One alternative to buying a plan is to create your own pet insurance fund. Deposit the amount you would have spent on insurance premiums into a separate savings account every month. Use that money, if you ever need it, to pay for future pet medical care.

Pets are like part of the family, and caring for them can sometimes be stressful and expensive. To help ease the burden, consider all the options available to you and look for ways to save money where you can.

Teri Cettina is a mom of two daughters and freelance writer who specializes in personal finance and parenting topics. She blogs at Your Family Money. Follow her on Twitter: @TeriCettina

The information contained in this blog post is designed to generally educate and inform visitors to the Equifax Finance Blog. The blog posts do not give, and should not be assumed to provide, personalized tax, investment, real estate, legal, retirement, credit, personal financial, or other professional advice. Before making any financial decision, you should always consult with the appropriate professionals who can explain your options, rights, and legal responsibilities, and advise you on any tax, legal, credit, or business implications that may result from those decisions. The views and opinions expressed by the authors of blog posts are their own views and may not be the views or opinions of Equifax, Inc. and/or its affiliates.


  1. Lisa P says:

    Unfortunately my Siamese cat got a snakebite on dec 29th 2013. I knew the antivenin that it needed would cost at least $1000 and so I tried treating it with some natural remedies- when I realised it was in dire straits I took it to the vet and a day later got the bill for $980.00Au but that wasnt the end of it – it was a public holiday for New years day and it still needed intensive care so had to be taken to another emergency hospital – I transported it there and 2 days later paid another bill of $900.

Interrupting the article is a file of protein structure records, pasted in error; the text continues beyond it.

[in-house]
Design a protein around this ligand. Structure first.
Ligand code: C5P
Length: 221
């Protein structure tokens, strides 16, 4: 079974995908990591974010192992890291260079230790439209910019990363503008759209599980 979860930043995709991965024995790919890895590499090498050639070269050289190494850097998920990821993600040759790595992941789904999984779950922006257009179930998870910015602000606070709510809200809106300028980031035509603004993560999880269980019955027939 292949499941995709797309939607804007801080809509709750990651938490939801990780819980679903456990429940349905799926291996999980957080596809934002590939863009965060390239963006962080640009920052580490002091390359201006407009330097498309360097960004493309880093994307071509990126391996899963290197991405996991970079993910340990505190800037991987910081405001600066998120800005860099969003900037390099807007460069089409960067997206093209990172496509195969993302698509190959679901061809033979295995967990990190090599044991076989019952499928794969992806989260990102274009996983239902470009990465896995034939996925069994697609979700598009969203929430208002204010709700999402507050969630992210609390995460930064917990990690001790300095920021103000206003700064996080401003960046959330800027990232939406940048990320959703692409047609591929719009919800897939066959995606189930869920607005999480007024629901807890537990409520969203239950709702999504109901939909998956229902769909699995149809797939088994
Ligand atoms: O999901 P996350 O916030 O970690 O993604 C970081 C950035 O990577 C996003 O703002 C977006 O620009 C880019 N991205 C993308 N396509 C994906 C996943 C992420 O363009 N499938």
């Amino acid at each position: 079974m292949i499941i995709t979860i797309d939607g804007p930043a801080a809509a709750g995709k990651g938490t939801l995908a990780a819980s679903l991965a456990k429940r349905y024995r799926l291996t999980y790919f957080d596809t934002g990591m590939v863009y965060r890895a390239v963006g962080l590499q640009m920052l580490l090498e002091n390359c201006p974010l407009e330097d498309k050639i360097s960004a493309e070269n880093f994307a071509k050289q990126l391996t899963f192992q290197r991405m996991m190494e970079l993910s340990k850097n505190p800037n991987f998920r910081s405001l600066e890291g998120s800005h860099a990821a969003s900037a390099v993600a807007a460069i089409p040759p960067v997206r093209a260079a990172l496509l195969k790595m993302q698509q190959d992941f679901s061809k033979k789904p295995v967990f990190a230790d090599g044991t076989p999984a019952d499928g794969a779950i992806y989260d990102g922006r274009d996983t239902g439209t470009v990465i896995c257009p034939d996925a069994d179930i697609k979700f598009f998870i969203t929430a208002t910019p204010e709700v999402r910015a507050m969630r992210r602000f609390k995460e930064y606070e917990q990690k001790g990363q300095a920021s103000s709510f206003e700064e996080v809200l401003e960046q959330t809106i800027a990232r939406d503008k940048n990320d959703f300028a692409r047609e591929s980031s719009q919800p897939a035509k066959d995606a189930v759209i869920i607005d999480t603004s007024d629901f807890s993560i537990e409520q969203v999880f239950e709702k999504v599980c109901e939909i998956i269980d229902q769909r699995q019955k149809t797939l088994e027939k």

Two weeks prior to the snake bite I actually looked into pet insurance – about $5 a week per cat – I own 2. Then only part of the bill and certain illnesses/emergencies were covered – I weighed up my options as my cats rarely go to the vet because they are indoors and have a cat enclosure outside so never go near a road. I made up my mind to put money aside weekly rather than get insurance.
    Not only was it extremely unfortunate that a deadly australian brown snake go into their enclosure but that it happened near public holiday periods where all the costs are tripled.
    It was extremely stressful – give the cat antivenin for a couple thousand dollars or pay to have it euthanized. I loved it and its only 9yrs old so I took the hard road. Thankfully one week later he is fully recovered.

  2. May C says:

    When I was faced with this situation – pet care expenses, I decided I needed to seriously look at my overall budgeting abilities. I found a few sites to be helpful, including My Budget (.com . au). It’s worth a look as sometimes these expenses can skyrocket.